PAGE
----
Paul: An Apostle’s Journey
I have been reading Douglas Campbell’s masterful book on St. Paul. The following two paragraphs speak rather loudly and I wanted to share them.
“Graeco-Roman cities loved appearances. They loved what people looked like, how much money they had, their connections, and how they spoke. Fully trained rhetorical professionals could captivate audiences for hours. They were the rock stars of the ancient world, and they commanded huge fees for their performances. They looked beautiful and spoke beautifully.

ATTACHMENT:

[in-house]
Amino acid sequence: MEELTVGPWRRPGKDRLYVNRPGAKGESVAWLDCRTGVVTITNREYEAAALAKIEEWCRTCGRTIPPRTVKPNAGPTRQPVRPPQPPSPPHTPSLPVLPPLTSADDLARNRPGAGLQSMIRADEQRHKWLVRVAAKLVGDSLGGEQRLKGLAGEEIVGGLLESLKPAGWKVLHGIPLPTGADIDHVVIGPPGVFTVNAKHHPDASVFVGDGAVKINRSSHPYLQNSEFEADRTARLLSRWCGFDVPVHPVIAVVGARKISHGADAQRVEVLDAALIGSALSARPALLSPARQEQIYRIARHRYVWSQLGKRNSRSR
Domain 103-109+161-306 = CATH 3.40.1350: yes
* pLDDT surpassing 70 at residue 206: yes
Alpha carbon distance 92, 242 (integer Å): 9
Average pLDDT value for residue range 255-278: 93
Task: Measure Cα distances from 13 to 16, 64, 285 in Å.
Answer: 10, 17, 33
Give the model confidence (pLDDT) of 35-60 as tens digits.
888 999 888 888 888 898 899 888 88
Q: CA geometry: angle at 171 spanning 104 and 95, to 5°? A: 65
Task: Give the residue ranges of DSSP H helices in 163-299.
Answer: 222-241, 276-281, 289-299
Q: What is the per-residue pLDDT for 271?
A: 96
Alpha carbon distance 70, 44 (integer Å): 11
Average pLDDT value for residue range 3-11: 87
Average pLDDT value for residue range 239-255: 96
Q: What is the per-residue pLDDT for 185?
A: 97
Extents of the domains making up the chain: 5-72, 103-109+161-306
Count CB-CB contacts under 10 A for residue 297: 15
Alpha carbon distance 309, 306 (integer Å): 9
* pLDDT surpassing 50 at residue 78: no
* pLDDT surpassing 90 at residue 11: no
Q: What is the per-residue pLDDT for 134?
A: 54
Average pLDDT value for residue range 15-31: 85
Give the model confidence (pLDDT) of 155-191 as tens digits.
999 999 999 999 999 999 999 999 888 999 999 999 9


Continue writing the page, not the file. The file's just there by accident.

In one of the most profound passages he ever wrote, Paul points out that the Christian God revealed in the crucified Jesus could not be more different from this (ICorinthians 1:18-2:16). By journeying down into the human condition and ultimately accepting a shameful death, Jesus revealed that God was a reaching God, and inclusive and gentle God, who valued everyone, including the most despised and marginalized. Those whom society looked down on, God was especially concerned about and eager to reach. . . This is what a Christian leader should look like. It could hardly be more dramatically countercultural, and Paul lived this leadership style out in person” (Douglas Campbell, Paul: An Apostle’s Journey, Grand Rapids: Wm. B. Eerdmans Pub., Co, p. 98).